For this project, I wanted to replace broken slide doors for the bedroom closet with barn doors. This is my first attempt to build doors of any kind. That is why I tried to keep the design as simple as possible.
Miter Saw or 7-1/4 in. Circular Saw ( I usually prefer Miter to make straight cuts)
Countersink drill bit
Screws: 1-1/4 in. drywall screws
Kreg 1-1/4 in pocket-hole screws
8 pcs (1 in. x 6 in. x 8 ft.) Premium Kiln-Dried Square Edge Whitewood Common Board $7.87 /each
14 pcs (1 in. x 6 in. x 8 ft.) Premium Tongue and Groove Pattern Whitewood Board @ $4.54 /each
4 pcs (1 in. x 2 in. x 8 ft.) Trim Board Primed Finger-Joint @ $2.98 /each
An approximate materials cost for building two barn doors is $160.
Plan the door size. In my case, I want to cover the closet door opening with two doors. Each door is going to be 83 in. tall and 37 1/2 in. wide.
Cut door frame: For this, I used 1 in. x 6 in. x 8 ft common board and cut two sides @ 83 in. long and two top and bottom in between pieces @26 1/2 in. To make each door 37 1/2 in. wide, I subtracted two board width (sides). They are 5 1/2 in. wide each, which makes the middle 26 1/2 in. long.
Using Kreg Jig, I secured it to the board with clamp and drilled holes for the pocket screws to secure frame together.
I did two pocket screws per each side of the board.
At same time I also cut the channel for the bottom since the barn door kit comes with the floor guide.
This is just a 1/4 in. deep by 1 in. cut for the bottom pieces of the door.
I secured the sides to each other using 1 /14 in. pocket screws. To ensure proper fitment at first, since I did not use glue yet. Because I will take it apart and use wood glue after cutting cross bar.
For the cross bar, I marked the middle of the board on top and bottom and slid it under the frame.
This will allow me to mark where the board needs to be cut so it can fit as cross support for within the frame.
Since I have two doors for one door cross beam will go to the right and on another door it will go to the left.
I cut the boards as marked to ensure tight fitment withing frame.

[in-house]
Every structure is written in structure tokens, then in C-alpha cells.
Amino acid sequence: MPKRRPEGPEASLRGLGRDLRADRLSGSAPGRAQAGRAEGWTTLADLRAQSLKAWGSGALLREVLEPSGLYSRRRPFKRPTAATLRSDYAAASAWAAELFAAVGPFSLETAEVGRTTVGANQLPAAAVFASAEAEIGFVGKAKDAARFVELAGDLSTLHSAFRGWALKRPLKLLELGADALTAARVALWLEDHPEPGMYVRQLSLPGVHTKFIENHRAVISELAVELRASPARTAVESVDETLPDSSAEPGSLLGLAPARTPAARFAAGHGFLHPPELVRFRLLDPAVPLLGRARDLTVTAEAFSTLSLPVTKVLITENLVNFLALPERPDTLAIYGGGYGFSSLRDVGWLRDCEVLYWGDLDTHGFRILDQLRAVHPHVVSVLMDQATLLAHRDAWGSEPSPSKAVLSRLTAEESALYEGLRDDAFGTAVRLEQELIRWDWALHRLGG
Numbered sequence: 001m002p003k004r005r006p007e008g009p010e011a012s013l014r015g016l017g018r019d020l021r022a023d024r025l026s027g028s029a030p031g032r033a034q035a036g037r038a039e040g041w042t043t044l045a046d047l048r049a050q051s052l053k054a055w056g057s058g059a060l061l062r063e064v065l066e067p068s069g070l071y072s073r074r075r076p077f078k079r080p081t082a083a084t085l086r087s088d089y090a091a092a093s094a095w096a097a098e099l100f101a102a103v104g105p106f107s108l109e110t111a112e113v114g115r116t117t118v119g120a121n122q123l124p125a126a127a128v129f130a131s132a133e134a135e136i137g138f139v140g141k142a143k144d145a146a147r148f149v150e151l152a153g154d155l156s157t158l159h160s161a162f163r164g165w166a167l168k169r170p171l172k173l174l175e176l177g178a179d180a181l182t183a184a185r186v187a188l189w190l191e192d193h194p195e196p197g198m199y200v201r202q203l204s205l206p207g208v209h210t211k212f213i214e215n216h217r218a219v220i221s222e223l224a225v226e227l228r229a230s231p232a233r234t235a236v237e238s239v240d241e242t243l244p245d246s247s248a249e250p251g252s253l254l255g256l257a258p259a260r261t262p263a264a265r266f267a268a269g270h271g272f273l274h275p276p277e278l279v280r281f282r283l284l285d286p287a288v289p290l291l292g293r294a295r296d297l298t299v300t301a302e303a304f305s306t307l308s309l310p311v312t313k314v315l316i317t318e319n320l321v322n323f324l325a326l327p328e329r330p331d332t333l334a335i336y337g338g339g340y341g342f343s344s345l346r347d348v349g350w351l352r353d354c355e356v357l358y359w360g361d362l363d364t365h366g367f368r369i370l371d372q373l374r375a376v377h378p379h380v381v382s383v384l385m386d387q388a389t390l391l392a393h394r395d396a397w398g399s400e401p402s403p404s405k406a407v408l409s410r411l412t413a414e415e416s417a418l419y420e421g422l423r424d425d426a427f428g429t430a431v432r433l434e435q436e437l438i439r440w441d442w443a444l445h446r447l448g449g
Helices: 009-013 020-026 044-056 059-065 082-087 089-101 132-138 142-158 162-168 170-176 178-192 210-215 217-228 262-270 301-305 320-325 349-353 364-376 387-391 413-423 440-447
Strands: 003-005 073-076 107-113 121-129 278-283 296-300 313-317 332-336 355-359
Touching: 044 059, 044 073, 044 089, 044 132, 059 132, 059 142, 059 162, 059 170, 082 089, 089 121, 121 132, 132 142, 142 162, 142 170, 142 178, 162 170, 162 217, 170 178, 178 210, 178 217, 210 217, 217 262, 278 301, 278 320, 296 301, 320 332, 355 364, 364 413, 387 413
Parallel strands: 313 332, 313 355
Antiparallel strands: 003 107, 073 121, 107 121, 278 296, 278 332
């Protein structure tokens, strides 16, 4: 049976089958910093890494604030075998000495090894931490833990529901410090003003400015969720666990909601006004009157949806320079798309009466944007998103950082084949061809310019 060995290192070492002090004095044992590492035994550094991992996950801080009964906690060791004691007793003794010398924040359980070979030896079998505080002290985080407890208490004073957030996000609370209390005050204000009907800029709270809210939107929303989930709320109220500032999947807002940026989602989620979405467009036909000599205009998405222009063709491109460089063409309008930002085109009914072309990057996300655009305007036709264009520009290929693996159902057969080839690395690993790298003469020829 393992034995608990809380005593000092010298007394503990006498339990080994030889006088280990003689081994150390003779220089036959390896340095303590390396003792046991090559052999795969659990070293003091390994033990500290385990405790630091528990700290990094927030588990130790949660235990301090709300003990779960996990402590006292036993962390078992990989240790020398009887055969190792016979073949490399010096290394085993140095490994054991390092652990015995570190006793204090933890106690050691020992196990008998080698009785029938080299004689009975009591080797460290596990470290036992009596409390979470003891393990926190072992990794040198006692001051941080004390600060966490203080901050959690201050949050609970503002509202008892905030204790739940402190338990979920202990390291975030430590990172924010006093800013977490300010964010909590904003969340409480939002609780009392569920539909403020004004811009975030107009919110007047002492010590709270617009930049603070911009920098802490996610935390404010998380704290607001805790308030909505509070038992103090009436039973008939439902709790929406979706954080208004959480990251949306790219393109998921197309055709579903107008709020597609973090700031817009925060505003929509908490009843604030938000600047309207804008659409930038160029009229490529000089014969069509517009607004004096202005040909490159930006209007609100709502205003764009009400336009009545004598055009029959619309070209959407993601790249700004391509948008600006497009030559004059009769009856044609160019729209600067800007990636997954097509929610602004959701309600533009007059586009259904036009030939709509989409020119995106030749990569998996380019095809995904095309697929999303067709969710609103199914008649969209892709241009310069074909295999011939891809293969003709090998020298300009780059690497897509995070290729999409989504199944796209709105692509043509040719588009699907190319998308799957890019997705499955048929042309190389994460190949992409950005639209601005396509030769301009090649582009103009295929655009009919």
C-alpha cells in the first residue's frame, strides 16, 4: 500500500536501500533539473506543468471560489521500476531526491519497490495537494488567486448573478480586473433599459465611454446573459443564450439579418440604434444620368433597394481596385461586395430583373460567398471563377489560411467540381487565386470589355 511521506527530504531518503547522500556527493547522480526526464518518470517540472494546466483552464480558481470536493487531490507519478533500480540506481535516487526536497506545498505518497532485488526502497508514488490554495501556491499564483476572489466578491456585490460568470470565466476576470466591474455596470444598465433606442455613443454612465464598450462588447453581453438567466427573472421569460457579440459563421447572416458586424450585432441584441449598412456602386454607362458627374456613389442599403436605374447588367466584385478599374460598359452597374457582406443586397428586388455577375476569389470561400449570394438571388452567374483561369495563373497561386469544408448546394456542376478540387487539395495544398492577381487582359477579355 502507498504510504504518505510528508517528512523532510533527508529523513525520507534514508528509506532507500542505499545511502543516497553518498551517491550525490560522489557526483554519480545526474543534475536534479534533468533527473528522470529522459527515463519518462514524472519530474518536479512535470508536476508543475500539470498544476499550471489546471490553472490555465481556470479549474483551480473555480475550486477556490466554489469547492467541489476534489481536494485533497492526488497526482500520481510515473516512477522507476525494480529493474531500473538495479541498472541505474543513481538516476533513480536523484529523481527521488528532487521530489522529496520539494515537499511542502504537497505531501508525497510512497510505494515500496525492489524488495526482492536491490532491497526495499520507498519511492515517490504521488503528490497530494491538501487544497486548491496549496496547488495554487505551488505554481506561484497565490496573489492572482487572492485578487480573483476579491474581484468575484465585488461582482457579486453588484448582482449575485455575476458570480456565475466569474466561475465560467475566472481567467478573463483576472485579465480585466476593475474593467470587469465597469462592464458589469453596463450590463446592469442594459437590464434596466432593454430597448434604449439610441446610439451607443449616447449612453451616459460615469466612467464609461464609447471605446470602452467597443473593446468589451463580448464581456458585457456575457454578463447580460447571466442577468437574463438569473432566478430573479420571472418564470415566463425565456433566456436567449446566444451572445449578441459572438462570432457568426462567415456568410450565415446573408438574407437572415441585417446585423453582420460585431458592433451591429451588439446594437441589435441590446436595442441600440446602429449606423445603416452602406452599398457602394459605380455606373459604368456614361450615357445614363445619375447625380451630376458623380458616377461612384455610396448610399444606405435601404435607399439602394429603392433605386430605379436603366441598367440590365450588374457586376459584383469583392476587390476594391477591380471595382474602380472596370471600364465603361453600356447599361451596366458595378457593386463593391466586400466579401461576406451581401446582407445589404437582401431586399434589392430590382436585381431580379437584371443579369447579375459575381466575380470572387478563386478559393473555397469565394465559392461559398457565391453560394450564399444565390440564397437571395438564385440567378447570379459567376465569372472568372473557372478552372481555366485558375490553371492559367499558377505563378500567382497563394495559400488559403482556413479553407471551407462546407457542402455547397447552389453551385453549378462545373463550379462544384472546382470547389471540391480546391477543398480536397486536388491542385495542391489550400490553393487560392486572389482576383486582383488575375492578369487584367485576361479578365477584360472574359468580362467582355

Then using Kreg Jig and drilled pocket holes on both cross bar and the frame.
Put the frame together. I took the frame apart then attached the sides with pocket screws and a little bit of wood glue. Since side facing down is what will be front, we do not want excel glue to leak to the front.
Then I attached to cross bar with a little bit of wood glue and pockets screws as well.
Assemble back with 1×2 in and tongue and groove boards.
I cut all tongue and groove and 1×2 in. boards @ 83 in. long just like door height. Then attached 1×2 in. board to the edge as starting point. This will allow me to hold tongue and groove boards in the middle. We will attach another 1×2 in. board to another side edge.
To make tongue and groove boards fit together I used rubber mallet so they will lock into one another.
Step Seven: Drill pilot holes and countersink.
Since these boards would crack if we just drive 1 1/4 in. screws to secure them to the door frame. I first pre-drilled all the holes and use countersink drill bit. I pre-drilled two holes per boards for top and bottom.
For the sides, I spaced screw holes about 1 foot apart.
Because tongue and groove boards will not perfectly fit the width of the door, I had to cut 1 in. from one of the boards to make it fit.
This is back of the barn door before we secure it to the frame.
Step Eight: Permanently secure all backing boards.
I lifted the tongue and groove boards out and apply wood glue.
Then lowered the boards and screwed them in. In addition, I drilled holes for the cross bar and screwed them in using 1 1/4 in. drywall screws.
Allowed some time for wood glue to dry and assembled second door.
I also had leftovers trim all pieces since they were all longer than required.
I’m certain I can find a use for them down the road.
Step Nine: Install door.
For hardware, I used a kit from amazon that made it very easy to install.